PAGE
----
OK, I know this is a bit belated, but I wanted to listen to MH 25 several times before I did this.

Once, I had the original MH LP in my possession; fold out sleeve with the photo mosaic and all. Really liked the album, but couldn't keep it (wasn't mine) and couldn't buy it (didn't have any money). For some unknown reason, I haven't bought it, although I have bought tons of DP CDs the last few years.

My all-time favorite has always been "Made in Japan", and since a lot of material on MiJ comes from MH, I seem to put the MiJ versions up as my references. Over the last years I have bought a lot of different live recordings, many of them with the songs who originated on MH. So I have become well acquainted with the songs, but haven't listened to the originals on MH for ... more years than I like to recall.

So I had some nerves when MH 25 was coming up. Would it be dull to me? Would I miss the point? Would it show that I didn't have the reference?

I told myself I would listen to the original (remastered) several times before putting on the remixes by Roger.
I know HS, the first cut well, but it still took me by surprise. I had forgotten that MH was without the IP drum build, and started right on! And that groove! Gee, this is *real* rock and roll! And it's getting better and better.

I have listened to it several times now, and have eventually listened to the 1997 remixes, and here are a few of my comments:

First; it just so good it can't be explained. The splendid songs, the tightness of the band, the honesty in the playing, the surprisingly good sound. I like it very much.

Pictures of Home and Maybe I'm a Leo stand out for me now. They seem to be fresh to me. Many of the other songs I still seem to cling to some live versions, especially "Lazy" (which I read was designed as a live solo number, so it makes sense).

I also like the remastered quad mixes. Although this is stereo, the extra solos seem to stand out on my stereo set, almost like leaping out physically of the speakers. The real quad version must have been stunning. Do/did they ever do quad live?

Since I haven't had MH for years, the "new" solos doesn't bother or surprise me. But comparing the remaster with the quad mixes and the remixes, I do see the point.

Now, this is probably blasphemy, but I think the opening riff of SOTW sounds thin, both on the remaster and on the remix. I do understand that TMIB was going for a dry, staccato style, but the sound seem to be hidden in a corner; it doesn't crank out, as it did later on the live shows. But then, SOTW was the last tune on MH to be included in the live set, and not the first single, so... It's still very nice to hear it so dry and direct, BTW, as it turned out pretty loose on some live shows later on (not to mention what happened to it during Mk III).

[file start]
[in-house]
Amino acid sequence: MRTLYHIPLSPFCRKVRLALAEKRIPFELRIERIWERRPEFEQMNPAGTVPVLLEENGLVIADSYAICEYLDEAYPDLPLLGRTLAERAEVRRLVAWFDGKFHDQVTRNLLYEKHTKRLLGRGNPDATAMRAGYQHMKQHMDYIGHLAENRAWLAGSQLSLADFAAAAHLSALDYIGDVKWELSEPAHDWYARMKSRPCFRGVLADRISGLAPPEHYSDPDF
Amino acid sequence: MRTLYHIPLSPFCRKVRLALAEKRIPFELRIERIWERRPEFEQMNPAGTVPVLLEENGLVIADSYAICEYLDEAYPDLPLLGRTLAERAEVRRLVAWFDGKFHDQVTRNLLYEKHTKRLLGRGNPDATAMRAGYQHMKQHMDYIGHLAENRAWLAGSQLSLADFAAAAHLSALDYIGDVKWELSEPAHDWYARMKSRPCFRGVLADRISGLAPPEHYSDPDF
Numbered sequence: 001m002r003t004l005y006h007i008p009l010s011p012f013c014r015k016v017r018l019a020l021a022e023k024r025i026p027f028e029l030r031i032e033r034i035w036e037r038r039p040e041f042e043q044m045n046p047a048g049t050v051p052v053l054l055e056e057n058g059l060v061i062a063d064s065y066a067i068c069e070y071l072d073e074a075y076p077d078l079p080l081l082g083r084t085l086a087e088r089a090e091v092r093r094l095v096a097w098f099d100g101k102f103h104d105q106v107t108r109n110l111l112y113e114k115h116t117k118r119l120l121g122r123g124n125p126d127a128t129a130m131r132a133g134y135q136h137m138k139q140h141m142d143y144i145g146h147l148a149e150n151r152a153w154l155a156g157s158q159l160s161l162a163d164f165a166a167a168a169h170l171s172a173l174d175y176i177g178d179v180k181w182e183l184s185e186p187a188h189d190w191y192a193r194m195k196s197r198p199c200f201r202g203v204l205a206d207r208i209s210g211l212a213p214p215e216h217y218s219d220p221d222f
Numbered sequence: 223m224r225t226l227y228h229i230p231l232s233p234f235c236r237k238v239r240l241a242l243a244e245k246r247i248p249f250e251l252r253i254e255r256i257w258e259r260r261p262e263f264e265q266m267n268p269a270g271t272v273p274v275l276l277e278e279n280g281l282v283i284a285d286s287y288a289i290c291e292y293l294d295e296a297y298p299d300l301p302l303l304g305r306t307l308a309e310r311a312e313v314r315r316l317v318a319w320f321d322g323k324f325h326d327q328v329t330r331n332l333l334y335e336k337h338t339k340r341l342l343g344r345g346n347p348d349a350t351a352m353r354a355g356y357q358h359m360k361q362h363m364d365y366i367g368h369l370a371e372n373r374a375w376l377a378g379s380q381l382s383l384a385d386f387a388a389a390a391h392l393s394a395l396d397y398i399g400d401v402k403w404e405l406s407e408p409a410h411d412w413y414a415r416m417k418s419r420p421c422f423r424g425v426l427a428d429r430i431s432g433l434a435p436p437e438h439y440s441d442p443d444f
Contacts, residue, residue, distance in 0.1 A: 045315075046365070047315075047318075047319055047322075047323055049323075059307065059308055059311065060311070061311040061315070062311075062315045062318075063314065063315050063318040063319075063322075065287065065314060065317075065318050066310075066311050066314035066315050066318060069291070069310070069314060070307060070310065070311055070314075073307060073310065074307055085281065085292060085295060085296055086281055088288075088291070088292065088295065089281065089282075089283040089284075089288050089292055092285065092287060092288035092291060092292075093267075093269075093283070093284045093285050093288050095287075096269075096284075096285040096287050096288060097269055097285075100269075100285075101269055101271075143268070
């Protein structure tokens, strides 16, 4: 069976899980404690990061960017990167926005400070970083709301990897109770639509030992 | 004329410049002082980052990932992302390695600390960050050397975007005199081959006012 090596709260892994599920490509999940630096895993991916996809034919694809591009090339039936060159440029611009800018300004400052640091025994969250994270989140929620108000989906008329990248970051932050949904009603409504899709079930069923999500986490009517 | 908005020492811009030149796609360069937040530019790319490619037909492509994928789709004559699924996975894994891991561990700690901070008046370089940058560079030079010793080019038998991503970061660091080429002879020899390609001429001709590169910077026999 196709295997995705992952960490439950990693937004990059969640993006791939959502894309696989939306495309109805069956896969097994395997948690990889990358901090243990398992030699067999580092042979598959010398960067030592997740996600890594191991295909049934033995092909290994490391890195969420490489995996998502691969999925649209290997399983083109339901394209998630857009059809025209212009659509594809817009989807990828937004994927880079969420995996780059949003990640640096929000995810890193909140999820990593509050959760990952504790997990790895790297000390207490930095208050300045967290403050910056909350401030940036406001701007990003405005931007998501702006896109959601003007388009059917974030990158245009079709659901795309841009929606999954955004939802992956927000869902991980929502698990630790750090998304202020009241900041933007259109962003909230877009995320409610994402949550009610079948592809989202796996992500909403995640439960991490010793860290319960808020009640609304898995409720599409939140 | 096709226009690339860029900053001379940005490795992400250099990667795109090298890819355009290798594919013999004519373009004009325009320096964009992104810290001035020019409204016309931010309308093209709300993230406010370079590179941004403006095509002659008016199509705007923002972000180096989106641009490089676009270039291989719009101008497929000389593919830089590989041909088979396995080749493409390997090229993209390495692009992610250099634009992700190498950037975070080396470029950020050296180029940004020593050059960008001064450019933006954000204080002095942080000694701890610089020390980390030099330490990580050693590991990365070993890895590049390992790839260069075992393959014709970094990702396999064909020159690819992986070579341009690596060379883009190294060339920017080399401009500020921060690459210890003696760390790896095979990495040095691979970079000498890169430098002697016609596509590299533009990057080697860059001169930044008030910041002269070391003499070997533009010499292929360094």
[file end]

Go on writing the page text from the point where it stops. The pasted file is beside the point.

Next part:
The remixes is just the difference between night and day. Yes, I agree with Roger that most of the times it's subtle. But it is definitely there. Just having the songs unedited show us that already in the making of the songs, the development into live songs was already there. And what Rog and his team did with WaBMC... Brilliant!
Why is it that all the so-called heavy rockers was able to put out moody, heart-touching ballads? Without making any comparisons, both DP, Nazareth, Uriah Heep and Led Zeppelin comes to mind as bands with superb ballads. Must be the greatness of musical craft.

At last, I wanted to compare the MH song as performed on MH with the performances on LATO. What? Unfair? No!
The songs are great on both albums! Some have changed over the years, but some have not. Steve said somewhere that he wanted to stick to TMIBs original versions from MH, and he really does. Remember that I heard LATO before I heard MH 25, so that I could only compare LATO with MiJ. LATO seemed fresh to me, like MiJ. And I enjoyed to have a lot of "new" songs in the set. Listening to MH 25 and LATO, I am surprised to listen to some songs, as they have remained the same, but maintained the freshness, the dynamic and the intensity. Hey! If I'm able to do whatever I am doing now with the same feel and intensity after 25 years, I will not only be surprised - I will be very proud.

And that's what Deep Purple should be. Or us, the fans. Proud and happy, for having all this brilliant music, performed so well, both now and 25 years ago.

Oh, yes; to all you Americans; I have the EMI 100 deluxe case; slimcase inside a box, together with the EMI 100 history inside another box. Nice! (Thanks, Anders).

Isn't it just great to have DP live and well, coming up with completely new songs, shows and records, while recalling old days afresh?
At least I am reliving my youth while growing mature. Or just old.

Rock on.

Terje Winther